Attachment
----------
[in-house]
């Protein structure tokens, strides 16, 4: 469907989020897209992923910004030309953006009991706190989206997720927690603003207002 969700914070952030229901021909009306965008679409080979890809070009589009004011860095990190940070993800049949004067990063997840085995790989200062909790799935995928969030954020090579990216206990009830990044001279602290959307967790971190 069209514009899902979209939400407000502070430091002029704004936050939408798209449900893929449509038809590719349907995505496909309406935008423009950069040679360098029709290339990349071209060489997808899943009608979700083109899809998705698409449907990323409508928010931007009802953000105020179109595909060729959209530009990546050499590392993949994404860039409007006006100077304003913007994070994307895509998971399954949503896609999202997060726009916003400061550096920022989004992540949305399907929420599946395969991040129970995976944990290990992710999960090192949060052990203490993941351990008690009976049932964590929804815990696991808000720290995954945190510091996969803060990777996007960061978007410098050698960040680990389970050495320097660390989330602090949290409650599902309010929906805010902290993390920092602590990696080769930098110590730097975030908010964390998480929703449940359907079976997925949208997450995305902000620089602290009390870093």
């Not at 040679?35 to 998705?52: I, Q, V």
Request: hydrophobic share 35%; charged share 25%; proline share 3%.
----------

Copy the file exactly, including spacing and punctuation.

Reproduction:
[in-house]
């Protein structure tokens, strides 16, 4: 469907989020897209992923910004030309953006009991706190989206997720927690603003207002 969700914070952030229901021909009306965008679409080979890809070009589009004011860095990190940070993800049949004067990063997840085995790989200062909790799935995928969030954020090579990216206990009830990044001279602290959307967790971190 069209514009899902979209939400407000502070430091002029704004936050939408798209449900893929449509038809590719349907995505496909309406935008423009950069040679360098029709290339990349071209060489997808899943009608979700083109899809998705698409449907990323409508928010931007009802953000105020179109595909060729959209530009990546050499590392993949994404860039409007006006100077304003913007994070994307895509998971399954949503896609999202997060726009916003400061550096920022989004992540949305399907929420599946395969991040129970995976944990290990992710999960090192949060052990203490993941351990008690009976049932964590929804815990696991808000720290995954945190510091996969803060990777996007960061978007410098050698960040680990389970050495320097660390989330602090949290409650599902309010929906805010902290993390920092602590990696080769930098110590730097975030908010964390998480929703449940359907079976997925949208997450995305902000620089602290009390870093």
């Not at 040679?35 to 998705?52: I, Q, V």
Request: hydrophobic share 35%; charged share 25%; proline share 3%.